Game of Thrones Cocktail Hour #2: The Red Viper

Red Viper 2.jpgDrawing of Oberyn Martell by Holly Fedderman, from the fan anthology Draw ‘Em With the Pointy End (2015).

I’ve decided to follow a vague order of “cocktails that don’t taste too similar” rather than trying to make any sort of pattern out of character choices, so…there’s that.

As anyone who has encountered me in full ASOIAF/GoT fan mode can attest, I am overinvested in all things/characters Dornish. I have been since Oberyn Martell first strolled into my reading of A Storm of Swords in the summer of 2002. His death prompted me to set the book down for about an hour before I was emotionally prepared to continue (for context, I read the entire thing in two days because there were points at which I literally could not put it down if I’d tried). The Red Wedding was bad enough, and on top of that, I just couldn’t handle it. Quentyn’s in A Dance With Dragons was bad, but I saw it coming in a way that I just didn’t with Oberyn (I call this the “George, you’ve hurt me too many times before” routine).

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The Red Viper

1 ½ oz Old Overholt rye whisky

¾ oz Carpano Antica red vermouth

¼ oz Fernet Branca


Twist of flamed orange

Cocktail cherry* stabbed with a spear


Note: According to my husband, any drink named after Oberyn Martell should also include a muddled raspberry at the bottom to acknowledge his rather, um, colourful end. I don’t disagree, but I didn’t buy them today, so we don’t have them.


The drink, however, is delicious, as is also appropriate for something named after Oberyn.


The plan when I began this project was to make half-portions of each drink so we** could try two per evening without being irresponsible. But a half-portion looks ridiculous in a glass, and since a proper cocktail recipe includes a photograph of the drink, I’m just making one of each and we’re trading halfway through.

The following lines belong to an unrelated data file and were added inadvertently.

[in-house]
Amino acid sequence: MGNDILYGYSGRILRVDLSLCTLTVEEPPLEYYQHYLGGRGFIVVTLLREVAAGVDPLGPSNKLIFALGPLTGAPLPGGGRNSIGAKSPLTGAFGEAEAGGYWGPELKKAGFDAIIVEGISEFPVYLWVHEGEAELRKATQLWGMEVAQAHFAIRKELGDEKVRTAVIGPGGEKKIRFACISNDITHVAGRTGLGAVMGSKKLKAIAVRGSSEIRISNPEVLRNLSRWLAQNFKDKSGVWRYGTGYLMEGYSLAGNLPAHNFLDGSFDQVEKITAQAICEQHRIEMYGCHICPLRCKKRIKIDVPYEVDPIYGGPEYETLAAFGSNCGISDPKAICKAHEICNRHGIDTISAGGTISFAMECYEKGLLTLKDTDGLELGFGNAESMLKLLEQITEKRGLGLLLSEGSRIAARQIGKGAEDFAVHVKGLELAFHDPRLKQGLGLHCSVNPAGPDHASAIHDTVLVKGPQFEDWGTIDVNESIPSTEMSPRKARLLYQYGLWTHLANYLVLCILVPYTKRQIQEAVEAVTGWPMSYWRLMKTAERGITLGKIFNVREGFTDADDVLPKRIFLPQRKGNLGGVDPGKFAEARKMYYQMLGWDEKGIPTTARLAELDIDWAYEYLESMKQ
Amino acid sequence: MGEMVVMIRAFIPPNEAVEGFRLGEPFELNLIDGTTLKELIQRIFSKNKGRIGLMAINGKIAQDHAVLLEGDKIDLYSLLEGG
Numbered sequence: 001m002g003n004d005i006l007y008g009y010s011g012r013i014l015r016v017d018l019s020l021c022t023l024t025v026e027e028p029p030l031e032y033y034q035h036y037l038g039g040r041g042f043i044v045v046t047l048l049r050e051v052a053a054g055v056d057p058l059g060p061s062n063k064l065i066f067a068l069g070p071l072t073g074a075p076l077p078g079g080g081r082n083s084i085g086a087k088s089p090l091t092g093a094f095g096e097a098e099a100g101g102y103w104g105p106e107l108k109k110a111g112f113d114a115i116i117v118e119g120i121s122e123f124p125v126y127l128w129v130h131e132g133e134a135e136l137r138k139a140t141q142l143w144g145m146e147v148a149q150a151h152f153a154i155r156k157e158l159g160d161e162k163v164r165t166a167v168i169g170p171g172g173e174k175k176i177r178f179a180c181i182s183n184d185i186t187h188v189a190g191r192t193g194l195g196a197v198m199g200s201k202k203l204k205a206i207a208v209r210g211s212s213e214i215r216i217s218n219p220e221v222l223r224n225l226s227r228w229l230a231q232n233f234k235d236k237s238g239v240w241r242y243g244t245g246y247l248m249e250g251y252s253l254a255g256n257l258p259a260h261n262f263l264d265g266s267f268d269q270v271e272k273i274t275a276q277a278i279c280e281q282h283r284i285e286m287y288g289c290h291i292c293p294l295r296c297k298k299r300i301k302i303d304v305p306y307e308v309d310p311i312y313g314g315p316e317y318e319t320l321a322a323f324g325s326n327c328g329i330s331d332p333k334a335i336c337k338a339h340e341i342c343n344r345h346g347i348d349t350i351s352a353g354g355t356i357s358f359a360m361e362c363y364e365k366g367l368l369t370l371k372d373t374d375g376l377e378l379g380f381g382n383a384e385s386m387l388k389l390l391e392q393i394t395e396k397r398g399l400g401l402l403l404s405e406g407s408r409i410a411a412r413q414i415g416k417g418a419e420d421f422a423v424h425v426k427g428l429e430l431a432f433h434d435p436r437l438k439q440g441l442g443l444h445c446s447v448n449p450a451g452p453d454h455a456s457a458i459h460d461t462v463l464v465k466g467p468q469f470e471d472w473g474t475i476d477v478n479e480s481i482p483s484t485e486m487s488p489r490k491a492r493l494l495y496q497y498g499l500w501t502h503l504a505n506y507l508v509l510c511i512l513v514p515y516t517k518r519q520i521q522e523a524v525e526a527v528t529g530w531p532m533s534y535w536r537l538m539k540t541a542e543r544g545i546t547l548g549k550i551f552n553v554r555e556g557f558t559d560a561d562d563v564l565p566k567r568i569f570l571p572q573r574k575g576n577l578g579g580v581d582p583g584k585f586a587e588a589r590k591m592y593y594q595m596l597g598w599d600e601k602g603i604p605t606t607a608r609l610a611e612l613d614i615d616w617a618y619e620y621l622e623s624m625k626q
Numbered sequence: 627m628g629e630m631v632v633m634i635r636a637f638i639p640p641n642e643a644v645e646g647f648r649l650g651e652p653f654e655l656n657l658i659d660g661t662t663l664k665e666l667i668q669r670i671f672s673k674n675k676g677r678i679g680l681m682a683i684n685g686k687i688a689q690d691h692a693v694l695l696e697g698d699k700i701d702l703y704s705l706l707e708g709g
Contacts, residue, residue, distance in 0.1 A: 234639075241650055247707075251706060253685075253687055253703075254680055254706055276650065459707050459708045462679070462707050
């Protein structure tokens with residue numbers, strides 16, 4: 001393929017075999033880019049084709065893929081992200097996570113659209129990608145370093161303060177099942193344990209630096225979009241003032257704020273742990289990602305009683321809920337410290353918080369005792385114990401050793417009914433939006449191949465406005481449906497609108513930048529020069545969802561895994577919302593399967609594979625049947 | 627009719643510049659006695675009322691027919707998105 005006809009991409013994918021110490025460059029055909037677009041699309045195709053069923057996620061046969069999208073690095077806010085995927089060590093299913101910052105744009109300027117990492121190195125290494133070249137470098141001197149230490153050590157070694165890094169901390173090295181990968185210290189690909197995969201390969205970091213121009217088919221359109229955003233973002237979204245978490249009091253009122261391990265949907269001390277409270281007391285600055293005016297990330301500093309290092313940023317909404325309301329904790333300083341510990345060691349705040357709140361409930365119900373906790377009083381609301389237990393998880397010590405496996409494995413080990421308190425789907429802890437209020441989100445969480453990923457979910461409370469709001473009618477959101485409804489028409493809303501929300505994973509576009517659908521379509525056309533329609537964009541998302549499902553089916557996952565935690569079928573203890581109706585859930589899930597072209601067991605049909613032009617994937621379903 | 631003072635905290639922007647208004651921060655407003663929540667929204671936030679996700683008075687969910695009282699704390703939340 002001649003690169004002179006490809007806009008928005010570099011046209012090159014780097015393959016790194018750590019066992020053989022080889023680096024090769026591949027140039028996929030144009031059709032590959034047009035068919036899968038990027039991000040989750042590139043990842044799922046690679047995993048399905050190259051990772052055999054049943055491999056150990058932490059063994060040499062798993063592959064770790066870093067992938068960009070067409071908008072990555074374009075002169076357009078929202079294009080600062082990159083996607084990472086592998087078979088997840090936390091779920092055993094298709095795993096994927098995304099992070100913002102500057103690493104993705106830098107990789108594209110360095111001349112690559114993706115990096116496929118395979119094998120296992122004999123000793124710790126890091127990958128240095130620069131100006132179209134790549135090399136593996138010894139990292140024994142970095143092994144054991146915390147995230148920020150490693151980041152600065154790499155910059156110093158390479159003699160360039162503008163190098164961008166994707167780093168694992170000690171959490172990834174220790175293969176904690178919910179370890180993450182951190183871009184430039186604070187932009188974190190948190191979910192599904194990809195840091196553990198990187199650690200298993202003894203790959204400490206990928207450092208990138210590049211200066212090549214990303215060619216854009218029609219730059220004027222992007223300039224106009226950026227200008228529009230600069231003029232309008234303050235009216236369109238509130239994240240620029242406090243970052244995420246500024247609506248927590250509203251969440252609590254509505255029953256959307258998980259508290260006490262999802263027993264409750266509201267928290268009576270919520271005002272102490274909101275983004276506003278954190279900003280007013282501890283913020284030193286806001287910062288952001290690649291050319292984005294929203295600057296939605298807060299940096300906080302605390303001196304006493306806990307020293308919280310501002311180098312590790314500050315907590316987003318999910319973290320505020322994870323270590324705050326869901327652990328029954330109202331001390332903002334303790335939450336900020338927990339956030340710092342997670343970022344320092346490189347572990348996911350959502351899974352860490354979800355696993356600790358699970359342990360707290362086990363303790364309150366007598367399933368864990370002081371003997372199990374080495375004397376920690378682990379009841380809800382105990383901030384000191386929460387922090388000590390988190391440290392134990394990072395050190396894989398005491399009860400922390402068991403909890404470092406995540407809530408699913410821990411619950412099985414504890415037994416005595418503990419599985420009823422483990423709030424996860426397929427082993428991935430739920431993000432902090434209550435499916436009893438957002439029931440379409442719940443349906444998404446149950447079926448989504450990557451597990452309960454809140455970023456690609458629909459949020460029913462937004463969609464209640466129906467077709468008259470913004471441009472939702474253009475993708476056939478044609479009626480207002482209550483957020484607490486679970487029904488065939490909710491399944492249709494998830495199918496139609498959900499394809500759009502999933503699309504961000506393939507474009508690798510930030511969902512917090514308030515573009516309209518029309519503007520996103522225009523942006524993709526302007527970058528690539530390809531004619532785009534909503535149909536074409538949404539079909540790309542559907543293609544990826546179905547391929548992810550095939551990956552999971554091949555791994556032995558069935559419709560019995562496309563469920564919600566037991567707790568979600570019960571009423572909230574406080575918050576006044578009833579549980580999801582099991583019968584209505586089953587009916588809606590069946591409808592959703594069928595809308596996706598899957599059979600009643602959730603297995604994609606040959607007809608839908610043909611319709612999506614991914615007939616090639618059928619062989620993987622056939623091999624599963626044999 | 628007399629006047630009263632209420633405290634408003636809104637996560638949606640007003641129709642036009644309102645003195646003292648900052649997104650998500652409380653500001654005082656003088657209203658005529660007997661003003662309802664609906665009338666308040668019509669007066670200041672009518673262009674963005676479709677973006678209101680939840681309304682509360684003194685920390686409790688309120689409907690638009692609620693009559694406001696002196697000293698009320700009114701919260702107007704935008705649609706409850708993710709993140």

At least that’s the plan. Husband appears to be hanging onto the Viper. Can’t blame him. It’s a variation on the well-known Manhattan cocktail that is sometimes called the Fanciulli. The addition of Fernet Branca instead of a few dashes of Angostura bitters adds an herbal note to the drink, plus Fernet has a weird anaesthetic side effect where sometimes your tongue starts to feel tingly.


So…Oberyn Martell. We hardly knew ye.


He’s introduced so dramatically. I mean, seriously. Most of our interactions with him happen from Tyrion Lannister’s perspective, and it’s weird that Oberyn happened to encounter baby Tyrion shortly after his mother’s death.


            Tyrion had to grin. “You were speaking of my sister?”

“Cersei promised Elia to show you to us. The day before we were to sail, whilst my mother and your father were closeted together, she and Jaime took us down to your nursery. Your wet nurse tried to send us off, but your sister was having none of that. ‘He’s mine,’ she said, ‘and you’re just a milk cow, you can’t tell me what to do. Be quiet or I’ll have my father cut your tongue out. A cow doesn’t need a tongue, only udders.’”

“Her Grace learned charm at an early age,” said Tyrion, amused by the notion of his sister claiming him as hers. “She’s never been in any rush to claim me since, the gods know.